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bill that he has gone along with because i think the house republicans led the way. >> i can't argue with any point that david made. i just say, inconceivably, donald trump changed the face of the republican party, he carried 403 counties that voted for been barack obama. they were considerably more white than the country is, they were considerably less educated than they were struggling, working class. he has turned his back not simply on the health care, this bill does, but on the budget. it takes the have nots and it takes from the have nots and have lesses gives to the have mores, it is absolutely a robin hood in reverse budget. i just -- really to use david's word, hammers the very people who voted for him especially in rural areas in america. >> woodruff: what about the
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budget n. >> just some things are mystifying. why they eliminated the an matchian regional development. why they severely cut the great lakes region, michigan, wisconsin. why have to put those specific cuts in the budget, fine, republicans will try to get rid of cpb corporation, but why they have put those things, it's mystifying. it seems to go in direct contradiction to everything he stood for in the course of the campaign. there's a theory going around in political science has some resonance today, you have moments where you get political party has -- knows what they believe and they are all on board. then periods of disruption where they are internally divided. the argument is jimmy carter was an example. the democrats shift away from old style liberalism, they were in ii nally divided. donald trump is like jimmy carter he comes at a time when the republican party, that he himself is internally divided
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you get these weird contradiction of campaigning one way then governing in very opposite way. >> woodruff: both of you are saying the same thing, about the budget. >> no point in wrapping. >> just as david, a congressional reporter in politico, they are turn their backs on republican endorsed programs. jerry ford with community development grants. bob dole pushed and champion of food aid, they're going to cut that. it was ronald reagan found the money for heating 'cities tans for poor people. it's amazing. same budget, that paul ryan passed in 2013, but then he was negotiating with democratic president because he wanted to get cuts in entitl entitlement h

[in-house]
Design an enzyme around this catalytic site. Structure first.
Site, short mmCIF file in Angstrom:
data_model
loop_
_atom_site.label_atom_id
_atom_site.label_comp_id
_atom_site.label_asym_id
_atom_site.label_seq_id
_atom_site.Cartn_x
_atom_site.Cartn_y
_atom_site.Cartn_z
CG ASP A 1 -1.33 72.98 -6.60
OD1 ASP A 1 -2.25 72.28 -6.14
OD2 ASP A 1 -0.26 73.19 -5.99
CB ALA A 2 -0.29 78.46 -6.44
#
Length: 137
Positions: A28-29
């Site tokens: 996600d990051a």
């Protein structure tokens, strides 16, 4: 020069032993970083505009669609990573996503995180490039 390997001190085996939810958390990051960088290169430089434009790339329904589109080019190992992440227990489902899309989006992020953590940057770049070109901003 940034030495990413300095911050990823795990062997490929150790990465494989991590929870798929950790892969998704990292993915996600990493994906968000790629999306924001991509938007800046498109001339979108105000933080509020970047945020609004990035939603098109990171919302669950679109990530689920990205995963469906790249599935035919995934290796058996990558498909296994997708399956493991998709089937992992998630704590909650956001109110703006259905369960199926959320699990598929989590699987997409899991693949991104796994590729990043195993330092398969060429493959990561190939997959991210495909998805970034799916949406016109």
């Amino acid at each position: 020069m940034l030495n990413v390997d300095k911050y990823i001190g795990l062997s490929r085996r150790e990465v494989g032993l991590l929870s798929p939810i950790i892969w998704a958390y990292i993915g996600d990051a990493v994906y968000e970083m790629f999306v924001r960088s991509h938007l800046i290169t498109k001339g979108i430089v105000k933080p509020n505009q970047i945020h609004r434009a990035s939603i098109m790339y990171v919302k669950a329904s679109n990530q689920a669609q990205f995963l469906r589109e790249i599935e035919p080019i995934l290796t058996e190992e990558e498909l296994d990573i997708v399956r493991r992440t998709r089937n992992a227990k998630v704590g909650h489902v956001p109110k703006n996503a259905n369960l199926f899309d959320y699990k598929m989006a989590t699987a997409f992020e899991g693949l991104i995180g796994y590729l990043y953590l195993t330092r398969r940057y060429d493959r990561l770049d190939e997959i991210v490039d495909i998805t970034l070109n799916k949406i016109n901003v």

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towards taming the budget deficits. but now he's got republican president, passing the same constant. i don't know where the pick up is. >> i was looking for the political philosophy that might be inherent in a budget. some of them are just weird evee national institutes of health. that is a an advance in scientific growth. doesn't seem republican. they are investing in everything that is hard power. they're investing the military, homeland security, everything that is about threat and fear. they are disinvesting in everything that has to do with compassion, care, thinking, innovation. it's almost like emotionally consistent, just hardness and toughness and fear. and everything just just has to. >> woodruff: even some republicans are saying this is just the first shot from the white house. we'll have our own crack at it. in the few minutes that we have left, mark, let's talk about the
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president continuing to double down on his intention that he was wiretapped by former president obama. he said it, he said it again today, his spokesman, sean spicer has come up with evidence they say at least cited news stories, british government pushed back on one of the claims that sean spicer made yesterday. what does this say that this is something the president won't let go of in the face of almost universal lack of evidence. >> it is universal. when you lose president nunez the chairman of the -- >> woodruff: republican. >> been donald trump's apologi apologist, explained that donald trump was actually a political neophyte. this is a man who ran as you might disagree with him, judy, but you know what he says. he says what he believes and he believes what he says.